I walk the Via Dolorosa and see young soldiers with automatic and semi­automatic weapons hassling people who just happened to be different. I know that Jesus Christ is still despised and rejected by others; He is still betrayed, still beaten, bruised, broken, humiliated in His own land by His own people.

Again and again as I witness injustice and talk with people who have lost home, land, inheritance and some even loved ones, and I say to myself, "I must never add to the violence of the world by thought or word or deed."

The Middle East has always been a violent place. Here the Bible begins with a murder as Cain kills his brother Abel. Here we have some of the most frightful deeds in the history of the world -- Genocide, rape, mass murder, incest, voyeurism, swindling, white collar crime, brutality of every kind. The Old Testament records humanity's unredeemed nature, our darkest side. Yet between these things are extraordinary loving lives lived out in the dangerous ecstasy of free­will; lives such as lived out by the prophets and the holy men and women who have been ruled by wisdom and the love of God.

St. John tells us "Jesus knew what was in man." He knew the desperate need for salvation. He came that we might be forgiven. There was no other good enough to pay the price of sin. He only could unlock the gate of heaven and let us in. And because of this knowledge He came from the Father to save from ourselves. "Unless you deny your self," He said, "you cannot be disciples." The self we may deny is that ego­consciousness which is the dark and opposite side of our goodness and, by prayer, fasting, meditating on the scriptures and a life of charity integrate that darkness with the light of Christ within, that live given to us in baptism wherein we are buried with Christ and raised with Him to new and eternal life.

To walk the way of the cross in Jerusalem is to share something of His passion and to reflect on those issues in our contemporary world that crucify the Son of God over and over again -- injustice, poverty, profligacy, inhumanity, greed, selfishness. The opposite of Sin is Sacrifice ? self-emptying, denial of self.

In our world at the end of modernity those of us who are called by Christ into His way of sorrows simply must witness to reality of Christ's victory over evil, sin and death.

Every day somewhere in the world is a band of men with torches and weapons come to steal life from the innocent, the good and righteous. We must never forget that fact in the face of ever increasing violence.

We Christians in the beginning of the new Millennium need to recover a vision of community. We do that by living self­less, self­-emptying lives. We cannot live for ourselves. Our daily living must include a charitable attitude to people of all races, colors and creeds.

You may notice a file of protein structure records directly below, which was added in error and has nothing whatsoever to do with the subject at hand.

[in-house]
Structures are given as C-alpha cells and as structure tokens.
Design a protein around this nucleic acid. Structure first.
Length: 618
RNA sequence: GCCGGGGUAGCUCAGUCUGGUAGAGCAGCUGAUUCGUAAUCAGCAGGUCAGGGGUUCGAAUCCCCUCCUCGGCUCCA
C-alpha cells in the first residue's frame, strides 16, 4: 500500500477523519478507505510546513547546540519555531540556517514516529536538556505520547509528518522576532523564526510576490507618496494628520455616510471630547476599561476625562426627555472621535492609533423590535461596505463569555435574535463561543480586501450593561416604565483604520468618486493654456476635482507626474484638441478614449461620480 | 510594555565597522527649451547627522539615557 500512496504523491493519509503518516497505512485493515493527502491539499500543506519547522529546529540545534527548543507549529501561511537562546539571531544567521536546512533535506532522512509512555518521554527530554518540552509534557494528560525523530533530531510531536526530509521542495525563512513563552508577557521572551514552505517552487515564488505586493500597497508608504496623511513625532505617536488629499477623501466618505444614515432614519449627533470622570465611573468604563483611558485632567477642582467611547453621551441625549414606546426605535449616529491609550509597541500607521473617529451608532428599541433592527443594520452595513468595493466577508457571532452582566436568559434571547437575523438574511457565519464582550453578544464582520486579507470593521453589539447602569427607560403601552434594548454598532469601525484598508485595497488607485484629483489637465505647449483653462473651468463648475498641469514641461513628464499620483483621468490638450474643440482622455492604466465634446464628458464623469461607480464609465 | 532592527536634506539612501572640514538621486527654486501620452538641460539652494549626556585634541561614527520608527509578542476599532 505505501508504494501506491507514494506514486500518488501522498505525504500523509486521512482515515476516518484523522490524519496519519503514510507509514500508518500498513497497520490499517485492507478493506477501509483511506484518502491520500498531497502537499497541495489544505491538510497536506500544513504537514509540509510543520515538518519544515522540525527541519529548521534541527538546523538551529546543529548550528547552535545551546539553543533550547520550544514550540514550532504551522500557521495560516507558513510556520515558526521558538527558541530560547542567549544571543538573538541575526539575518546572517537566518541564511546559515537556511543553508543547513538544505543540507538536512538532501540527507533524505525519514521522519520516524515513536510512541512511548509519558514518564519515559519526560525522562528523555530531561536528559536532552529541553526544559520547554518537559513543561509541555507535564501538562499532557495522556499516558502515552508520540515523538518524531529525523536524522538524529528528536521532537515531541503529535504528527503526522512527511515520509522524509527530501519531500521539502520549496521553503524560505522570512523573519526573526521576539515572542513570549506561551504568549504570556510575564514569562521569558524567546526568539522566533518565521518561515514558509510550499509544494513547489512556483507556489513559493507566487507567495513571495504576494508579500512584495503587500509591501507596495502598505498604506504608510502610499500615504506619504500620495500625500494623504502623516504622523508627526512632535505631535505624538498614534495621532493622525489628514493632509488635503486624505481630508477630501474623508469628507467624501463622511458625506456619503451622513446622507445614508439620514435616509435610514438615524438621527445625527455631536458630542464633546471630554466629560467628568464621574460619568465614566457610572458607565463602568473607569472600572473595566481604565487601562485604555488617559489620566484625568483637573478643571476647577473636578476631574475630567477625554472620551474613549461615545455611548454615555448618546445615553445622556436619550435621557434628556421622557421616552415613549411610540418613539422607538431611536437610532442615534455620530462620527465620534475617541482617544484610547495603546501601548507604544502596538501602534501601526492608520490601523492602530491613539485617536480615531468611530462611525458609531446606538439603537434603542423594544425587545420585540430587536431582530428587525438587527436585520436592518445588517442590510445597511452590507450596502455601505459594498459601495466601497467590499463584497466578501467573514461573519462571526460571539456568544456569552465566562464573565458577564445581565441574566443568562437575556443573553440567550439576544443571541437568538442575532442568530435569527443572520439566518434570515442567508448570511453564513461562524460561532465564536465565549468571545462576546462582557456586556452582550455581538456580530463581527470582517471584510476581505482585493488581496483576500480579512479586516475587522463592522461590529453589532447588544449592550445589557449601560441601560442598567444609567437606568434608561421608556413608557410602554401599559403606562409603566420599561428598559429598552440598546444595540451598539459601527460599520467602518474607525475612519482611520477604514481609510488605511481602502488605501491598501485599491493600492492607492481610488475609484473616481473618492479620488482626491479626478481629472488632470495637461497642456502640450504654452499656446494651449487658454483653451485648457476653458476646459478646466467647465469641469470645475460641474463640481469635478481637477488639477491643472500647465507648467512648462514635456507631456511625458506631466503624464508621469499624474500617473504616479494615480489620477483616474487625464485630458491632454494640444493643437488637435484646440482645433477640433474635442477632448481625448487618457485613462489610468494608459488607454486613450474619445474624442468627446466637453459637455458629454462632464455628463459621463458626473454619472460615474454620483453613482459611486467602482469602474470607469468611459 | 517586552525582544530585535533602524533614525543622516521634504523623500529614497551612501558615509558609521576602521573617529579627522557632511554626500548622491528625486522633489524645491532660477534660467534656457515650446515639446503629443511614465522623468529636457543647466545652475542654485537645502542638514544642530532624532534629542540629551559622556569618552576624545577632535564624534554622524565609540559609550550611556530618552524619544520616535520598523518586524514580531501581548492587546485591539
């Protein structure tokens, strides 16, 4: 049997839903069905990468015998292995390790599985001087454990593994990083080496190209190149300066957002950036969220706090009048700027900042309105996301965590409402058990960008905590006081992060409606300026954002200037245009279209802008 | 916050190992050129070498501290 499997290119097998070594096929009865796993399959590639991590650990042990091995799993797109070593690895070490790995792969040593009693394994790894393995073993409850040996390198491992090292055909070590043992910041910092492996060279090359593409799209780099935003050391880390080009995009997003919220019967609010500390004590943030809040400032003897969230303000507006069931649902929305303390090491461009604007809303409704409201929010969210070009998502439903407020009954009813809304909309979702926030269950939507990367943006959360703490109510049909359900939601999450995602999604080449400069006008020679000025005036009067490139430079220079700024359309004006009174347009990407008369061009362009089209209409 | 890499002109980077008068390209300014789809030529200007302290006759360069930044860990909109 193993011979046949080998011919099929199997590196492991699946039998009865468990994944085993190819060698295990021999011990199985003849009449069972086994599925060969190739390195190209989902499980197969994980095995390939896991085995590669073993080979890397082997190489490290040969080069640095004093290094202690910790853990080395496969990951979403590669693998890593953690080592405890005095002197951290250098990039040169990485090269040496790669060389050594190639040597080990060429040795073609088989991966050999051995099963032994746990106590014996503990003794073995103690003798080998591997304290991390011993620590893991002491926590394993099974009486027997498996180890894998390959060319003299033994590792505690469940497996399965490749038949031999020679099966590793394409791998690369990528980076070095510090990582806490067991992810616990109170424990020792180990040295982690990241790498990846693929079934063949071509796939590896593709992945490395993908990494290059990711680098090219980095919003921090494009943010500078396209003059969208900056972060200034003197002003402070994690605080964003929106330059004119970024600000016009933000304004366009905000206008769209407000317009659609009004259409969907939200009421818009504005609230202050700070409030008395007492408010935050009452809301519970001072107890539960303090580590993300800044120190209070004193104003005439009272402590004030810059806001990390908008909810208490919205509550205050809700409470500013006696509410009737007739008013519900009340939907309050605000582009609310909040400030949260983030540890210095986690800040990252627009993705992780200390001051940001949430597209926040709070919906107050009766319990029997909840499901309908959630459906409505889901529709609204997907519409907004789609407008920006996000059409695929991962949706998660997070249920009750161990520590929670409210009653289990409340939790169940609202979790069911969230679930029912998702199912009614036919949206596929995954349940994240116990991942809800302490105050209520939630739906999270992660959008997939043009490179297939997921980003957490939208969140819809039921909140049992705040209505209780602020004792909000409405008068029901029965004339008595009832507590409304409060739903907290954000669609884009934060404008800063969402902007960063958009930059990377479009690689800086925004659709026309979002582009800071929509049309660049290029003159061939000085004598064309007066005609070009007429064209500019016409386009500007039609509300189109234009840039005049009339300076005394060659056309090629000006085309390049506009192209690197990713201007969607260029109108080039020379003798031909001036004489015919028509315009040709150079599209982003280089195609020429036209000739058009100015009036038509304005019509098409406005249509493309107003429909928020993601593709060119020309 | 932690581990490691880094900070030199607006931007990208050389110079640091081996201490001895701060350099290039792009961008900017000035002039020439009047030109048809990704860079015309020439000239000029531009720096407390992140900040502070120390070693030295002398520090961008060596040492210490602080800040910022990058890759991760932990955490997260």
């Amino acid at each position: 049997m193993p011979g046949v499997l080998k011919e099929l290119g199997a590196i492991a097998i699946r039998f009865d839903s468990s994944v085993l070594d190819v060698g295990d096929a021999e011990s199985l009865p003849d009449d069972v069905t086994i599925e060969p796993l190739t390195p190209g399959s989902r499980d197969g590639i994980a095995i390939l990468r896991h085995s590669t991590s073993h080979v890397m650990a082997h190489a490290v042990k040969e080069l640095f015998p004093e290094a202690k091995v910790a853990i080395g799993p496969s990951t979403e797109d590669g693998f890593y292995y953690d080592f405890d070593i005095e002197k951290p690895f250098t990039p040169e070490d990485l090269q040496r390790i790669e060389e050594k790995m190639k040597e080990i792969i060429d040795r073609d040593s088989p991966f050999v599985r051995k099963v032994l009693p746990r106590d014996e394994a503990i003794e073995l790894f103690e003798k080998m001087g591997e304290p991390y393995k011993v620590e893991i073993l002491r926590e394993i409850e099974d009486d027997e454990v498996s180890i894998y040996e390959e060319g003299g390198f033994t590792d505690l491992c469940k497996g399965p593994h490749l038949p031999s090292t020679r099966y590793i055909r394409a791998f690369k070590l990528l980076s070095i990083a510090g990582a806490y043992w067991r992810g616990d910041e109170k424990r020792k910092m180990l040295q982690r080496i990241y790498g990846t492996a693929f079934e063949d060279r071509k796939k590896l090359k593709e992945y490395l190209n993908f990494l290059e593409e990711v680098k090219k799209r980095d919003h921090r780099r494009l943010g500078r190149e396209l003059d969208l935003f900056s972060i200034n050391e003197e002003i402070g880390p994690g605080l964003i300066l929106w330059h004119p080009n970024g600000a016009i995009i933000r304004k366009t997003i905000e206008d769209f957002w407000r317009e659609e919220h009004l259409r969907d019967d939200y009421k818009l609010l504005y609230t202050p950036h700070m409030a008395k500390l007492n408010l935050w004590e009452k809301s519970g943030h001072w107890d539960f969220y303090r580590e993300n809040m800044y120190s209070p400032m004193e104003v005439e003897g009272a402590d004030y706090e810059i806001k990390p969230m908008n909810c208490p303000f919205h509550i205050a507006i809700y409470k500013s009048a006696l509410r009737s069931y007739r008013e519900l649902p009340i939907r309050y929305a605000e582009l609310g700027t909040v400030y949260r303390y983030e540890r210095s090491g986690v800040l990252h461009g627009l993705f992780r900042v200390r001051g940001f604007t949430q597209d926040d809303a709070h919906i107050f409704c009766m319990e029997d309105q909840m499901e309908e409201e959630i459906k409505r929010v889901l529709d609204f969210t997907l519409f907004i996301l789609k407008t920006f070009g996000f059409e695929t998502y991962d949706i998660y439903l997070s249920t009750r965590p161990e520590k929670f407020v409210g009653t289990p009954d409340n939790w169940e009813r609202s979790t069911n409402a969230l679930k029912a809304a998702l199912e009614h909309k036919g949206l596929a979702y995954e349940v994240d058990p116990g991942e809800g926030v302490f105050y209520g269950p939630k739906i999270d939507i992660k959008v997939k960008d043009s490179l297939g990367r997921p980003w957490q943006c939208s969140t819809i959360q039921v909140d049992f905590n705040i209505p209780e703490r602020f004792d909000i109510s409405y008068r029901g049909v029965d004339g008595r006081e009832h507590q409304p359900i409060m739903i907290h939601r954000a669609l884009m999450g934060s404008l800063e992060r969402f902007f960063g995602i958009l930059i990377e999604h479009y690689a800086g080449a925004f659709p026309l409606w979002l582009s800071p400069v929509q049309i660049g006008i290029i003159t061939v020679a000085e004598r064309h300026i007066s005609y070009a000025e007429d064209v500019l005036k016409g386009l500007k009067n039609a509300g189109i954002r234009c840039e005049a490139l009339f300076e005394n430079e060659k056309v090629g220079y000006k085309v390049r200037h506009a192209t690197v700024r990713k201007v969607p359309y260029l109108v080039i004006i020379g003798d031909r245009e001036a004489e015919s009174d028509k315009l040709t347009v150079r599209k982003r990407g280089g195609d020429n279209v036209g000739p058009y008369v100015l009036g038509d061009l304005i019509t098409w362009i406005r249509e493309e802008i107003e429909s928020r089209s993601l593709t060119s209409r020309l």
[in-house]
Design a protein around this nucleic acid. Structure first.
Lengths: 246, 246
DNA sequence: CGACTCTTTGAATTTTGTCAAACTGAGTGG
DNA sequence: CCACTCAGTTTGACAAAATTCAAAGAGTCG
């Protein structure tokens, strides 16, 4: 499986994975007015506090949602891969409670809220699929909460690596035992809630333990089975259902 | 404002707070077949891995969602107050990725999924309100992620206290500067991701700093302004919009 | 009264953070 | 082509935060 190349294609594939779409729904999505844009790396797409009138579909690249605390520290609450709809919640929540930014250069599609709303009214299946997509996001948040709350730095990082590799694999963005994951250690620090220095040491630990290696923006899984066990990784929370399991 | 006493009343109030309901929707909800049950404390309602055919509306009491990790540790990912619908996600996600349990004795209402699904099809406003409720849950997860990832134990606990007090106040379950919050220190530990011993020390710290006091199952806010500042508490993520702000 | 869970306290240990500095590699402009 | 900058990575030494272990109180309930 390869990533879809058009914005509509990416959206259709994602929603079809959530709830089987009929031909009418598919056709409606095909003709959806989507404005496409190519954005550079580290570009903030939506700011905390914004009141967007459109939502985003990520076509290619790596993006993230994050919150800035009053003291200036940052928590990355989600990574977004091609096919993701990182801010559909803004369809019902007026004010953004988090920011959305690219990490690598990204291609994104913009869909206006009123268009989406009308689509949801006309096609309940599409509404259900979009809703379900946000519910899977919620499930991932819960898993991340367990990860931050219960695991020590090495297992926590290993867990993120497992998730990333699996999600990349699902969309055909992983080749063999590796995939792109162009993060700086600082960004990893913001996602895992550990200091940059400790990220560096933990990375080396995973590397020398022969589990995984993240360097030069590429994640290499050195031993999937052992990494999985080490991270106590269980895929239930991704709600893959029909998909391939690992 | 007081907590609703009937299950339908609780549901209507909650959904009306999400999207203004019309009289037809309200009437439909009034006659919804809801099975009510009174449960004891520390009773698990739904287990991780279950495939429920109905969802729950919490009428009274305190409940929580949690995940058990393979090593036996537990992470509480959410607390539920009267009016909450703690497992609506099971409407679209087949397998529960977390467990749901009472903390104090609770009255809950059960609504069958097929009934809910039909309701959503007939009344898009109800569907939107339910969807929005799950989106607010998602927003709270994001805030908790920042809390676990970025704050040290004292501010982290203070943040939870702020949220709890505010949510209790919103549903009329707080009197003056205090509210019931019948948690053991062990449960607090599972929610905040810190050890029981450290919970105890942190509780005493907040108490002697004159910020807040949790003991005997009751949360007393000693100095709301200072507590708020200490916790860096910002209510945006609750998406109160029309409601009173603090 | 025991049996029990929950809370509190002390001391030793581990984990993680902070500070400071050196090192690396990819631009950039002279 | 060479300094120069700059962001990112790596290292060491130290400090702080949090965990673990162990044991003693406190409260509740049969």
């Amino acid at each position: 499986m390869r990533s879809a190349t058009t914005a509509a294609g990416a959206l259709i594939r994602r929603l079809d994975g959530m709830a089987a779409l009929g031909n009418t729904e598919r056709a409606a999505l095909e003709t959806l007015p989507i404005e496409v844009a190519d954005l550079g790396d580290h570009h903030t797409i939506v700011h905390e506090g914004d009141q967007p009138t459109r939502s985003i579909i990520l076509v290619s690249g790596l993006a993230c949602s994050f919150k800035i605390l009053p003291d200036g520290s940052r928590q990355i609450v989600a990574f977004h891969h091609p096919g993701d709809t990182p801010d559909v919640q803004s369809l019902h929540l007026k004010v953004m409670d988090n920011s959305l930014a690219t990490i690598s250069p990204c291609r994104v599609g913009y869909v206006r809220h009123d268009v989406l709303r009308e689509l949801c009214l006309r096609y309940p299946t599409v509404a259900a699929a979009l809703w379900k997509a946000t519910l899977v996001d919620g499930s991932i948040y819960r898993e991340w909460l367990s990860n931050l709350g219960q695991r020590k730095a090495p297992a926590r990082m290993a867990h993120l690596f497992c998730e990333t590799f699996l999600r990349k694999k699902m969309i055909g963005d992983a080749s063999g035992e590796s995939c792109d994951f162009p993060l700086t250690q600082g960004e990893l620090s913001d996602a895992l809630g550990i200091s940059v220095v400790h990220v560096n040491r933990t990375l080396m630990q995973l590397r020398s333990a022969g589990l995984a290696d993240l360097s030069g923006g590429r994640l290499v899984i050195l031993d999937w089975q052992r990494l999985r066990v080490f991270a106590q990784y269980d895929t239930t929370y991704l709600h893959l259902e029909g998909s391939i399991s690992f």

If you live alone, whose feet will you wash? You cannot wash people's feet as Jesus did at the Great Supper, unless you live in community. I know there are many lovely people in the world, many friendless people living alone in tenements, apartments and on the streets. They are our opportunity to wash feet. Far too many people are led into sin by evil others.

There is nothing wrong with being tempted. Abbot Anthony in the fourth century said: "Without temptation no one is saved." Without temptation there is no virtue in honesty.

Jesus sits solitary in the Garden of Gethsemane, the loneliest man in history and his chosen three, Peter, James and John sleep on. He wakes them. "Watch and Pray," He says "lest you enter into temptation."

He knows what is to come. He knows that he is to suffer and to die. He also knows that even now He has opportunity to escape over the hill into the virtually impenetrable wilderness. He has been tempted to do this.

"Father if there is any other way. Nevertheless not my will but yours." The end is to be ritual assassination.

Jerusalem sits there in the full light of the Paschal moon two thousand years ago. On the one hand the safety of the desert. On the other hand the bustling busy­ness of the city.

Jerusalem sits there yet as I have seen it bathed in the same serene light. Jerusalem then was an occupied territory. There is still an unlawfully occupied territory there. Israel and the West Bank with all its injustice, dispossession and hopelessness. It is difficult sometimes not to react.

We are not called by God to reactionary lives but to a reflective life­style, a life of peace never adding to the spiral of violence, no eye for eye, tooth for tooth, no pay­back.

If Jerusalem is to be truly the city of peace for all people we owe it to those who live there; Israeli, Jews, Palestinian, Arab, Moslem, Christian to commit ourselves to endless prayer.

We really have no right to drive our motor cars to well endowed Sunday Churches while our brothers and sisters are not free to enter the city of their birth.

Pray for the peace of Jerusalem.

They shall prosper who love her.